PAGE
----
Jim Moginie has never been to Banff before. “We came over these Rocky Mountains many times,” he says, “but they never let us off the bus.” For 25 years, Moginie was lead guitarist and one of the principal songwriters in Midnight Oil. Their late-1980s single, “Beds Are Burning” sent them into the music industry stratosphere, playing arenas and stadiums around the world. One of the most politically-outspoken groups on the planet, they disbanded when lead singer Peter Garrett became an Australian Labor Party MP.
Moginie was at The Banff Centre with the Australian Chamber Orchestra (ACO), part of a Music residency. The ACO played concerts all over Banff, from Cascade Shops to the Maclab Bistro, to a late night Club show that featured compositions by Nirvana and Nine Inch Nails, which is where a rock and roll guitar player comes in.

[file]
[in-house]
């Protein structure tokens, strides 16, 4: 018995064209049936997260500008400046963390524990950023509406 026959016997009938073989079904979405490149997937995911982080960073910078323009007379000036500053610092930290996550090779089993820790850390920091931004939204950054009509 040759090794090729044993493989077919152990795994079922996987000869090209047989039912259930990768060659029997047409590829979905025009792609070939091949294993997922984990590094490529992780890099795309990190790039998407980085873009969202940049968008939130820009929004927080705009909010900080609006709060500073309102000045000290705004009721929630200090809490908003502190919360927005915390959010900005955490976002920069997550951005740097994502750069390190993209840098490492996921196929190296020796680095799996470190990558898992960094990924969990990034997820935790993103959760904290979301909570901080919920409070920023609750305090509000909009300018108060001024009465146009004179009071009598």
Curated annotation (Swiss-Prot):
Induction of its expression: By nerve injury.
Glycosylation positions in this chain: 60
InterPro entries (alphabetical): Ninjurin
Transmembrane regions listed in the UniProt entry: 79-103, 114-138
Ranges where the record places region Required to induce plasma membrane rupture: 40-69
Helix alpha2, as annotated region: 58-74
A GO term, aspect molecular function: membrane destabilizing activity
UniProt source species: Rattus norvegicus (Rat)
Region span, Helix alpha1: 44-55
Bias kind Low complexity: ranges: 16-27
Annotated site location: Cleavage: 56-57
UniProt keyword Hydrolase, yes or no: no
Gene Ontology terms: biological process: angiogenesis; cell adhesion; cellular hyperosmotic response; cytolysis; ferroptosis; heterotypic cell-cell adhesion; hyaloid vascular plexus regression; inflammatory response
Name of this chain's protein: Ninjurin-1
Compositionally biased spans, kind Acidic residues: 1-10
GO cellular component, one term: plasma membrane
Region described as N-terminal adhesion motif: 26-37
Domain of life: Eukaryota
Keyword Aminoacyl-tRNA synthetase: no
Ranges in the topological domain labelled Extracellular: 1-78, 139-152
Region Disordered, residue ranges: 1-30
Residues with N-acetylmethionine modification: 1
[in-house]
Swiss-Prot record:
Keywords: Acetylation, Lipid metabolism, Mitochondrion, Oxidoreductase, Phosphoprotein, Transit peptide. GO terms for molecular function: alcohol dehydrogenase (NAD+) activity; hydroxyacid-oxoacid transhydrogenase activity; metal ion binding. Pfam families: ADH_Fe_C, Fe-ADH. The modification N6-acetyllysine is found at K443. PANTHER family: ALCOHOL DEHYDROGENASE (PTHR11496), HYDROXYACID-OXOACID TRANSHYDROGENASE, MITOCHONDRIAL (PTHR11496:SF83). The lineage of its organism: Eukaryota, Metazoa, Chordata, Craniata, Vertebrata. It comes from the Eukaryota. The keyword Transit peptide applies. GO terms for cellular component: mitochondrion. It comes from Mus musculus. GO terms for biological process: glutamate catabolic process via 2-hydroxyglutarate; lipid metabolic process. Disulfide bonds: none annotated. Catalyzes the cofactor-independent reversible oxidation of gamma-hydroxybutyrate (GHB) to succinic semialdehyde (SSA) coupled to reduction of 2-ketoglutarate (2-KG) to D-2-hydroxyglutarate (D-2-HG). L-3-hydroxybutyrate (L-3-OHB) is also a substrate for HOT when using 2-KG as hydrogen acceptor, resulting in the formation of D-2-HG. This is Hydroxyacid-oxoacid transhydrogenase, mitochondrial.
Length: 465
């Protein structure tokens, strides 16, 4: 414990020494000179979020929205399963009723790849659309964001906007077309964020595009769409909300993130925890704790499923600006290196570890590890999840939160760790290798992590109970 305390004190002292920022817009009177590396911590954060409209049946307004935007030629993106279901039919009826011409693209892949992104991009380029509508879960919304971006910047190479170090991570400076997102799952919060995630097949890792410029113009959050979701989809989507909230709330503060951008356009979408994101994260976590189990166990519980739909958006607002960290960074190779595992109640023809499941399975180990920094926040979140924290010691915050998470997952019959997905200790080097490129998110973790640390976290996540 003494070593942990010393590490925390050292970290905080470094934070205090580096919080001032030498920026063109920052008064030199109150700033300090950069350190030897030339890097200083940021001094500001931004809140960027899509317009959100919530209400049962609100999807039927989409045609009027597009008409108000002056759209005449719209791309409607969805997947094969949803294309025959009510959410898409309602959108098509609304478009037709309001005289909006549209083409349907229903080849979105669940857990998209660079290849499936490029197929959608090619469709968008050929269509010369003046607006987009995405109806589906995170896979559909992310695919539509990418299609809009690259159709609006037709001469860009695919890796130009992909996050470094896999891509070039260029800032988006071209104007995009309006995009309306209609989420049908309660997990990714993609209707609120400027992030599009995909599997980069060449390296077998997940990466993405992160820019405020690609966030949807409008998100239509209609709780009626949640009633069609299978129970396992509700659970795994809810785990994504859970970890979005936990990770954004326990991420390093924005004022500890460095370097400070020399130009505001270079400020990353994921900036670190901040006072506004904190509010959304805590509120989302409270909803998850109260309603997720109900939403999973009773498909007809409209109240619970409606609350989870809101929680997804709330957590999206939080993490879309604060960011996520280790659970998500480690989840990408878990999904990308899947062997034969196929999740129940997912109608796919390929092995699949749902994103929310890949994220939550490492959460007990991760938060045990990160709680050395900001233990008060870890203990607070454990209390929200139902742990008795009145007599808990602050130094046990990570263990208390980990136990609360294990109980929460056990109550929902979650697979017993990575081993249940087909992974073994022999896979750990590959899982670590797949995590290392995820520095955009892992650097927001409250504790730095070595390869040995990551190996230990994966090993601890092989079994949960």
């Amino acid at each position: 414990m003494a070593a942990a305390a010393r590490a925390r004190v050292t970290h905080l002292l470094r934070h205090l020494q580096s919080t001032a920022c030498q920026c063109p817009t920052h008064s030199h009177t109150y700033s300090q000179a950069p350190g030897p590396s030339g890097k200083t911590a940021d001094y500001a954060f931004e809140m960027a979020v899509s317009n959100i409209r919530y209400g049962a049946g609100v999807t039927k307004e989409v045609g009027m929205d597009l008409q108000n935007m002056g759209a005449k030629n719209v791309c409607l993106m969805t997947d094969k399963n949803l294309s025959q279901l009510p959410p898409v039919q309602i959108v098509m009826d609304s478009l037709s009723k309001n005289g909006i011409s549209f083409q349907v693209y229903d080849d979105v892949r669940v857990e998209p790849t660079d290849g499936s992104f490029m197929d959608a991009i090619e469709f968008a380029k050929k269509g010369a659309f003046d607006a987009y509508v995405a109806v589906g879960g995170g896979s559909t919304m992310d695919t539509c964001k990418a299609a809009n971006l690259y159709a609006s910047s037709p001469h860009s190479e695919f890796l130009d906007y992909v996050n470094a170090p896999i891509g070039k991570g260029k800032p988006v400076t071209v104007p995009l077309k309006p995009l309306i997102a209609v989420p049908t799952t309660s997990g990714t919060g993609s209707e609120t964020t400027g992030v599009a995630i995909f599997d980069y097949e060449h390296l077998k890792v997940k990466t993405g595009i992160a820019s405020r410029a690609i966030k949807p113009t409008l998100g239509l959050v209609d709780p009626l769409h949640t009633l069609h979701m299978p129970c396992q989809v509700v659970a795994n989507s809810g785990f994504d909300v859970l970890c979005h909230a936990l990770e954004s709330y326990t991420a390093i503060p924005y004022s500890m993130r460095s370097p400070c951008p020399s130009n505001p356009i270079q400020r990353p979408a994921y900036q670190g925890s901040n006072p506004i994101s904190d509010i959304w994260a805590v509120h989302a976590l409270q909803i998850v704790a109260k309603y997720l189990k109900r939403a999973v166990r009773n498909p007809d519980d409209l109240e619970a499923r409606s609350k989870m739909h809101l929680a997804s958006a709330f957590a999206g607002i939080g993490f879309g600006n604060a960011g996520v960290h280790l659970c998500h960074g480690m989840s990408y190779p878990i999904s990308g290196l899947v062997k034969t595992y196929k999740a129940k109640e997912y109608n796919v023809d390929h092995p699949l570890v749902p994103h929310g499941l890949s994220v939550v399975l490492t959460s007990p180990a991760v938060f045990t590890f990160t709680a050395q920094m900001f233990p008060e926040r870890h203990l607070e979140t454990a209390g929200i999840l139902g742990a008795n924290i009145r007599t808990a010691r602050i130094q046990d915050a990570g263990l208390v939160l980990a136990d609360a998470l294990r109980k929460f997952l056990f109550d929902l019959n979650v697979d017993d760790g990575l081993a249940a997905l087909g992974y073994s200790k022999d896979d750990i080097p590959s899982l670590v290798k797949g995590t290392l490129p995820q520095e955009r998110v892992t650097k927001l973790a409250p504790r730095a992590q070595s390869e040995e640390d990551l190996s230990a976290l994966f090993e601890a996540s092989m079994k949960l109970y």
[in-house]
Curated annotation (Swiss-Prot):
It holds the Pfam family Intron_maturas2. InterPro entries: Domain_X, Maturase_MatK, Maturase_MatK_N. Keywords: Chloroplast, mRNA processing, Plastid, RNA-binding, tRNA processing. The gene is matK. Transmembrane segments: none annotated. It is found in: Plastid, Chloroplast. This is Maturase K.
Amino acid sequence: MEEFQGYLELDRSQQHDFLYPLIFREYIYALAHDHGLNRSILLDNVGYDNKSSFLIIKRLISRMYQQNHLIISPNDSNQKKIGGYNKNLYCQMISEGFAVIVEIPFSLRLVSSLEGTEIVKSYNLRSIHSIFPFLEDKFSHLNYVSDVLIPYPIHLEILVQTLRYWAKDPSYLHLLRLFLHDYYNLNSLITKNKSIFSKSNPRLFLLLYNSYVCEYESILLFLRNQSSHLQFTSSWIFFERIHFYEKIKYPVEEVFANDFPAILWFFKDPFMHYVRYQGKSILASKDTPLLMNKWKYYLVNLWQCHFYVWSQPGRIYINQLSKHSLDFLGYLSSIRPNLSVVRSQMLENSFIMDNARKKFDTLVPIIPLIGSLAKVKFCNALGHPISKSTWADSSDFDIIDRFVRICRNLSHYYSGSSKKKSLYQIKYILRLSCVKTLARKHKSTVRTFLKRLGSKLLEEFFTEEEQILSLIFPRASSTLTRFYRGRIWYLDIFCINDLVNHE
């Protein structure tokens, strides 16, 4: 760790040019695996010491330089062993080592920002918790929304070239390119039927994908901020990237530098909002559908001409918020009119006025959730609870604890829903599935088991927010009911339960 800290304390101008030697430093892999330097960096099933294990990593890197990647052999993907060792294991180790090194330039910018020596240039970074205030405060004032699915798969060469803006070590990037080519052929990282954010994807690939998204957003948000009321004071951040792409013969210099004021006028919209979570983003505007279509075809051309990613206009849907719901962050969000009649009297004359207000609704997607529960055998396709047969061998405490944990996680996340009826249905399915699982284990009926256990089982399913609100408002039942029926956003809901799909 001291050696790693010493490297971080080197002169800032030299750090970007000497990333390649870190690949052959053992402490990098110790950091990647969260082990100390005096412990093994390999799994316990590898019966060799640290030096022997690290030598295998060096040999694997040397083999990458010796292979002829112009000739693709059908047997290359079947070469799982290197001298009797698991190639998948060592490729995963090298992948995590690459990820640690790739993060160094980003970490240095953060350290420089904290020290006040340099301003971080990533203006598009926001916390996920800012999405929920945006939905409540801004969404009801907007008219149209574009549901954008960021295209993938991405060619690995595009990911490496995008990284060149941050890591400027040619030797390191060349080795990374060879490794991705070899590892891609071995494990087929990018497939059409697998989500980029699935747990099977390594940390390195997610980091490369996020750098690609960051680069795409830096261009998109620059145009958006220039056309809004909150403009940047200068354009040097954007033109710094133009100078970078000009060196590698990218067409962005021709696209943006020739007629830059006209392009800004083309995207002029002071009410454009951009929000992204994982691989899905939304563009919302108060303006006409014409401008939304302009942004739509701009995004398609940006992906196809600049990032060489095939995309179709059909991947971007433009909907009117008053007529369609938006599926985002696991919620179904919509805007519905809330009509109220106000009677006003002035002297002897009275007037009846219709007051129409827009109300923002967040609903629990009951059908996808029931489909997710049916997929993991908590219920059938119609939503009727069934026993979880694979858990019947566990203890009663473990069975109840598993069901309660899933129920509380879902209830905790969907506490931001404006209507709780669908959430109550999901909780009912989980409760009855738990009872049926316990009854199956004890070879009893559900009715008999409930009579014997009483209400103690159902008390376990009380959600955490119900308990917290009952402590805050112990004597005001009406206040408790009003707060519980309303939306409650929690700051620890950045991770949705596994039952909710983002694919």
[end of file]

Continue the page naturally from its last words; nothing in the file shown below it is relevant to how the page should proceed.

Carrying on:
“I was honoured to be asked (to join ACO). We are a very subversive little orchestra. Playing Kurt Cobain or Trent Reznor creates a certain disorientation, which leads to tension. And that’s where it gets interesting. We work in a kind of magpie fashion, picking at different things,” says Moginie, and then with a laugh, “and it’s certainly improved my sight-reading.”
We finished our conversation talking about Midnight Oil’s part in the Clayoquot Sound protests (1993) which at the time was the largest act of civil disobedience in Canadian history. That summer Midnight Oil went into a Calgary studio with Daniel Lanois, Hothouse Flowers, and the Tragically Hip. Moginie remembers, “Dan [Lanois] gave me his guitar and amp, and when I set into my part [guitar solo] and I looked up at the booth I saw Dan with this absolutely huge smile on his face, and I thought yeah, that’s what a producer should do.”
All photos by Don Lee.